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Hundreds of raids staged on north and north-east drug cultivations

Cannabis cultivations, including those on an industrial scale, have been discovered across the north and north-east of Scotland
Cannabis cultivations, including those on an industrial scale, have been discovered across the north and north-east of Scotland

Police have raided hundreds of drug dens and cannabis cultivations across the north and north-east in recent years, shock figures have revealed.

Between 2013 and 2019, officers caught almost 370 people involved in production rings which had been set up across the region, including in city centres and quiet rural locations.

These included extensive operations worth hundreds of thousands of pounds and linked to organised crime gangs, through to individuals attempting to grow illegal substances for their own use.

Last year two men were jailed for 22 months each for their involvement in a £500,000 cottage industry growing cannabis near Dunbeath.

Officers found dozens of plants being grown by Jack Hood and Ryan Latham in a two-bedroom bungalow at Newlands of Lapan.

As the property was taken up by their sophisticated growing operation, the pair were living in a static caravan nearby while they tended their crops.

Police were also able to halt £830,000 worth of cannabis from reaching the streets in Aberdeen as a result of a major raid on an “industrial scale” scheme in July 2018.

Langstane Place

Three men pleaded guilt to producing more than 1,000 plants at a property in Langstane Place.

They and their associates had kitted-out rooms with lighting units, dehumidifiers and carbon dioxide generators.

One of them, Trung Dung Le, was jailed for three years.

He later appealed that sentence, claiming he was a victim of modern slavery and had been bundled into a lorry in China and trafficked to the UK.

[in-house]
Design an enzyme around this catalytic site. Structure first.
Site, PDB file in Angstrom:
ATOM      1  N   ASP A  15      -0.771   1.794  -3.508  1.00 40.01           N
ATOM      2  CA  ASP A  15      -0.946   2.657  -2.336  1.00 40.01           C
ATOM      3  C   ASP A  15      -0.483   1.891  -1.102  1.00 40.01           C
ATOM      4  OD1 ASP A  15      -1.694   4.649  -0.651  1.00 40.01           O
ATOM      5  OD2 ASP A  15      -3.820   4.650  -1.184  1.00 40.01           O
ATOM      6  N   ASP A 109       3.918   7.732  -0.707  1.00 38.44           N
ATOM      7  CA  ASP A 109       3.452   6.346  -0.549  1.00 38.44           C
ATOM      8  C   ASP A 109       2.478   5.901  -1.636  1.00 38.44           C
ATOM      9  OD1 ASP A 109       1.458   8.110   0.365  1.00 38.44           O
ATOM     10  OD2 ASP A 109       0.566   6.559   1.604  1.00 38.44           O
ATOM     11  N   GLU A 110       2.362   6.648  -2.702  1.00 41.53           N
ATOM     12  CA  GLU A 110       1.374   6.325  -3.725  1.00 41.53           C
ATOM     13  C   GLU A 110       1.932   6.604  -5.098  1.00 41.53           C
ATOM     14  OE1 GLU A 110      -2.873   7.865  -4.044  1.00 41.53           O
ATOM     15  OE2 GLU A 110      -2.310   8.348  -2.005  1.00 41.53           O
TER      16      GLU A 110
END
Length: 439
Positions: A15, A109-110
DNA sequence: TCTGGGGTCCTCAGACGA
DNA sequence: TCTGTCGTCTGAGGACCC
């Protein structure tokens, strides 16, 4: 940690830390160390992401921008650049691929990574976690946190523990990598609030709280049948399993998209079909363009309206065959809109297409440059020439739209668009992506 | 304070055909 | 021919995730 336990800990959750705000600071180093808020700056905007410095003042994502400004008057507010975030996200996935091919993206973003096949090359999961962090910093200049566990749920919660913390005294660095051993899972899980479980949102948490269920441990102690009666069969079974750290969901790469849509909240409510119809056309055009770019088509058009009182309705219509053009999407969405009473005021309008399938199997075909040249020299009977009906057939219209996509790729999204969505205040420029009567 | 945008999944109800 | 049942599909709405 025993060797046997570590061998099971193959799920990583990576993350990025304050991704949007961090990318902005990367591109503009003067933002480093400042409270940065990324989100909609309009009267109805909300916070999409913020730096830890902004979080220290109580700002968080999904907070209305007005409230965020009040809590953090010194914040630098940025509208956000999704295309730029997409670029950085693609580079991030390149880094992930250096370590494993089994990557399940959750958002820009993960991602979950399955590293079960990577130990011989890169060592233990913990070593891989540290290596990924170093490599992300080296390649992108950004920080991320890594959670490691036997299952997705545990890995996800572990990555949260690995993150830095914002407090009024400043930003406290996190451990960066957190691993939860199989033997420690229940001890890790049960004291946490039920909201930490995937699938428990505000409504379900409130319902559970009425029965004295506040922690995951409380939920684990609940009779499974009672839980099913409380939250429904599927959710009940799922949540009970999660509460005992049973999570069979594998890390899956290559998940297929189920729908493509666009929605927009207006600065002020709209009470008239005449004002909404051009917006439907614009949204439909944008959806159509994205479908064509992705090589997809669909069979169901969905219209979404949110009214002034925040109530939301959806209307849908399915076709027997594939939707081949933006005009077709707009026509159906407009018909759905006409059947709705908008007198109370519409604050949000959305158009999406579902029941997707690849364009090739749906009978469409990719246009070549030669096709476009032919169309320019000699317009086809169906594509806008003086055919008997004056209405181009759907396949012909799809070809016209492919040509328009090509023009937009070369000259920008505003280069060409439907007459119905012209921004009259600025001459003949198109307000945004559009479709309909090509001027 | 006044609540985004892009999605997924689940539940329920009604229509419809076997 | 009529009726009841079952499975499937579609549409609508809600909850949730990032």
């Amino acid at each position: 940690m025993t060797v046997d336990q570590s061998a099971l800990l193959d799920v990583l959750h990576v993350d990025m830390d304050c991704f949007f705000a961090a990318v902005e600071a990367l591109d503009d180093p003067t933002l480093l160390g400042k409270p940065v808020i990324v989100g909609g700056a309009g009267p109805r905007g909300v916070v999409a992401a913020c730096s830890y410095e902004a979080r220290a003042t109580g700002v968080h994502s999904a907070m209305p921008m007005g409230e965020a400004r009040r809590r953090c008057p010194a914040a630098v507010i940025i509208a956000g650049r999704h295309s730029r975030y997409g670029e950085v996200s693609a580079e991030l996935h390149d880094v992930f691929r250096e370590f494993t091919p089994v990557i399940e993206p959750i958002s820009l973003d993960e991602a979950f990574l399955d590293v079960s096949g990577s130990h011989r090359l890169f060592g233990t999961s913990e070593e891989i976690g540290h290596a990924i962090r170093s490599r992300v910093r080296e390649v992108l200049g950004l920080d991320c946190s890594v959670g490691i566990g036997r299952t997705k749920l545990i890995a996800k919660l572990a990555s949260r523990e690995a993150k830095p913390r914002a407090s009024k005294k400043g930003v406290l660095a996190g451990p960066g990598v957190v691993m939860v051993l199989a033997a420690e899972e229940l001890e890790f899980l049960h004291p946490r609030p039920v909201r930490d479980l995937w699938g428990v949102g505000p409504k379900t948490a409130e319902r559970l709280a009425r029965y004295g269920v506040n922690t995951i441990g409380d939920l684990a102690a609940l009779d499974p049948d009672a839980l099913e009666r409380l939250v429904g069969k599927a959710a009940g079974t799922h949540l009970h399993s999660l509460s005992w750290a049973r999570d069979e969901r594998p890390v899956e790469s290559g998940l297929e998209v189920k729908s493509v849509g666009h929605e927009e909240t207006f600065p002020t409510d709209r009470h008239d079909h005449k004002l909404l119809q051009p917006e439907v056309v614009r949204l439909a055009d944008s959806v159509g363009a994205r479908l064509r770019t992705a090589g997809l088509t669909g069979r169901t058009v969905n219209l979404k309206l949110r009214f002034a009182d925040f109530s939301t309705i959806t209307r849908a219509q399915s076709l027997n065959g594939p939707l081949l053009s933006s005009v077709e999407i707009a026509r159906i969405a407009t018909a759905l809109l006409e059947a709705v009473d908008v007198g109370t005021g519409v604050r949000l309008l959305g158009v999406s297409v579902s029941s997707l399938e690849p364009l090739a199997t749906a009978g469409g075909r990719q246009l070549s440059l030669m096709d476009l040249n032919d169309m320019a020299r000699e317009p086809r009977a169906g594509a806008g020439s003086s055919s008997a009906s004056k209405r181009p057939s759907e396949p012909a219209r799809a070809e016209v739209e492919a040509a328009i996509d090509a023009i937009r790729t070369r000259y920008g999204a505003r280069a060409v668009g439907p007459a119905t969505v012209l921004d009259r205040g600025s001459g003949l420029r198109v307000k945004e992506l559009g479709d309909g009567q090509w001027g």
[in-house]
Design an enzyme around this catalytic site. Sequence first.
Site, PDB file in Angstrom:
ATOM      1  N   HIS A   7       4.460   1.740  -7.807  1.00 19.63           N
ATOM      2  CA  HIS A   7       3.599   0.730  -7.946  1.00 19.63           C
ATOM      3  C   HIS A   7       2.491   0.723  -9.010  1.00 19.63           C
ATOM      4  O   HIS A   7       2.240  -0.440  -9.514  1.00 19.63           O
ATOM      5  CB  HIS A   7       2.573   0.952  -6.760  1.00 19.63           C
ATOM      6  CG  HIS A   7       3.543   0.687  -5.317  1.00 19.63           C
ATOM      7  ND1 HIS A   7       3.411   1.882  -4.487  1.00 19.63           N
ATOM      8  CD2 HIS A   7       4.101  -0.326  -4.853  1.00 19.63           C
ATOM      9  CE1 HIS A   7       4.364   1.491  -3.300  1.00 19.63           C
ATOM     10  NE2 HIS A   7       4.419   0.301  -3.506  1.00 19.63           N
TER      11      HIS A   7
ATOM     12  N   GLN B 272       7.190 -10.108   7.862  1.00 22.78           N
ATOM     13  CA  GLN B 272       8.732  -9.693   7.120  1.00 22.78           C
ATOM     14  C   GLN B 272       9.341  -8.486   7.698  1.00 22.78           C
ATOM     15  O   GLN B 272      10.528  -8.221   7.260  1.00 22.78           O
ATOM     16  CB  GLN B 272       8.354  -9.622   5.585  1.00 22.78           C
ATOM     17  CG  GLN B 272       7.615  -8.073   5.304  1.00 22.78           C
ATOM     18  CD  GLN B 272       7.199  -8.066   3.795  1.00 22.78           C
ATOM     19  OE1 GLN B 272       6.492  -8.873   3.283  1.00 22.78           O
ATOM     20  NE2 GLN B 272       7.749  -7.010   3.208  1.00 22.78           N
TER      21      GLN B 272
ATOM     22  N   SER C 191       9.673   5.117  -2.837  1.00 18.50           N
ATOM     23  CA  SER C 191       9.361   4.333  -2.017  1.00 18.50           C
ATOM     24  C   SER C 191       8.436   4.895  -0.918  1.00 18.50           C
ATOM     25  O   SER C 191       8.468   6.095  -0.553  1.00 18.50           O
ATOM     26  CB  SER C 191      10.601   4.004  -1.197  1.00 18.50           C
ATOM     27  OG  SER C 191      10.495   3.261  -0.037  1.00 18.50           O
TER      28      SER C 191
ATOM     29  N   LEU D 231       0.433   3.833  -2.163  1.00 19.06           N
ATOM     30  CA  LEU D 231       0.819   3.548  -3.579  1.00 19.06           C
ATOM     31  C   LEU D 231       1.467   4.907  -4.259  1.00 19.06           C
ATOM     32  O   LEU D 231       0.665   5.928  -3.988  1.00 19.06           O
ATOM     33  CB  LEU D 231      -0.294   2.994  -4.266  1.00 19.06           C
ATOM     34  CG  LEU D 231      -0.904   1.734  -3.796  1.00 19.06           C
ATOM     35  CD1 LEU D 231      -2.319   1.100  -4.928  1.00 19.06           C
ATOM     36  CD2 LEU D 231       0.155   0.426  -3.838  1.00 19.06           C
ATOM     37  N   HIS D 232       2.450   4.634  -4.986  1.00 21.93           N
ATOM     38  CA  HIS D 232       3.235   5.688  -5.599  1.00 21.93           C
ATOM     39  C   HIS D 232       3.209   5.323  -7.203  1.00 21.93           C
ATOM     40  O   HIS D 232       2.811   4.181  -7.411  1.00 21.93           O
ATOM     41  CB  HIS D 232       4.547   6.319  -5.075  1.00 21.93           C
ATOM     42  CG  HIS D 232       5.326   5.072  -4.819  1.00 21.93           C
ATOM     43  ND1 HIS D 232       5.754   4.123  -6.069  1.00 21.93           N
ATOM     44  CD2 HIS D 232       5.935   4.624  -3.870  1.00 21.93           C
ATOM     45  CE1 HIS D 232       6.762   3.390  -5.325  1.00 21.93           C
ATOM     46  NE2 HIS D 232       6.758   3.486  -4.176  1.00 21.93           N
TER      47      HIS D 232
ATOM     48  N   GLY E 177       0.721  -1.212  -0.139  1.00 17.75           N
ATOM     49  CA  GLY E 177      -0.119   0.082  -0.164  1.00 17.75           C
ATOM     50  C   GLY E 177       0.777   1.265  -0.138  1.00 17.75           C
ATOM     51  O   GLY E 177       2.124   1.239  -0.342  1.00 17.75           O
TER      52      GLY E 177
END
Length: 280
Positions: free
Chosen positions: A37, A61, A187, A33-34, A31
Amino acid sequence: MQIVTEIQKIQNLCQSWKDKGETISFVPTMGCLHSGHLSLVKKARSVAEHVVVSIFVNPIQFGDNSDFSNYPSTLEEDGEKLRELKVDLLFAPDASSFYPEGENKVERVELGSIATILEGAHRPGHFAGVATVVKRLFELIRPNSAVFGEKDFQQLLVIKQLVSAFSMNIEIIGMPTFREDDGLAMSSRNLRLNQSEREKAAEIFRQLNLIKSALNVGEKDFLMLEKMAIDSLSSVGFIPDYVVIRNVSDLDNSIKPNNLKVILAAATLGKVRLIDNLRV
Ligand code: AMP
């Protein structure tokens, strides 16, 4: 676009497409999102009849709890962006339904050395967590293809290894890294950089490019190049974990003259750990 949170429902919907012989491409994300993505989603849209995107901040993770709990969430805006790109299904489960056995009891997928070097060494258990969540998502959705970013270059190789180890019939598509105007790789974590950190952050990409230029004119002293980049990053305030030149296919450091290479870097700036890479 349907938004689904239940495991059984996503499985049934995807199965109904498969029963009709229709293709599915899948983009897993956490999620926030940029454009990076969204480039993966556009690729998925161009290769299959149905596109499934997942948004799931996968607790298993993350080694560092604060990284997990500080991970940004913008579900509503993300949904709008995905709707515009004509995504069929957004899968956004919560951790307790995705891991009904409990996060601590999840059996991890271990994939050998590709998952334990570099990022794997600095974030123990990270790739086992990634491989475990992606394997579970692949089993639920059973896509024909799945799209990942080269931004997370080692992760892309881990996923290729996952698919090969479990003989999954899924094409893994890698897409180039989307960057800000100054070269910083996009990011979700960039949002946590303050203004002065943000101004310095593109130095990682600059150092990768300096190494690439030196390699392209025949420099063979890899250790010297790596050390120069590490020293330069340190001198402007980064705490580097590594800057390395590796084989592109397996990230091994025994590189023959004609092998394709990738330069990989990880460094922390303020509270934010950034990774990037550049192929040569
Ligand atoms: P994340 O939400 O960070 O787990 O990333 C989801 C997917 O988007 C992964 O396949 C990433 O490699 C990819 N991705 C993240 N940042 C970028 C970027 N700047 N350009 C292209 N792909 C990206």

That appeal was, however, rejected by the High Court of Justiciary.

Between 2013 and April last year, 369 people across the north and north-east faced a court appearance for producing, manufacturing or cultivating drugs.

This included 118 in Aberdeen, 94 in the Highlands and 83 in Aberdeenshire.

There were also 39 cases in Moray, 20 in Shetland, nine in Orkney and six in the Western Isles.

Liam Kerr

Scottish Conservative shadow justice secretary and north-east MSP Liam Kerr welcomed the tough stance being taken on the matter.

He said: “Drugs destroy lives and it’s positive that police are taking action to stop the supply of these substances to communities across the north-east.

“The answer is not to decriminalise drugs but to deal with the issue head-on, involving everyone on the frontline.

“These figures show the police is taking a hard approach to drugs in the north-east, warning criminals they won’t bypass the law.”

A police spokeswoman said the drug trade was damaging to everyone it touches.

“Drug dealing will not be tolerated in the north of Scotland and we will take action against anyone involved in their production or trade,” she said.

“The drug trade brings nothing but harm to local communities and we are committed to playing our part in tackling those intent on causing this damage.

“We also work in partnership with a number of agencies to address and prevent the wider issues associated with drug abuse, including providing the appropriate support to anyone in need of help.

“We are grateful to the public for every piece of information we receive which is used to disrupt the trade in drugs and bring those responsible for supplying to justice.”

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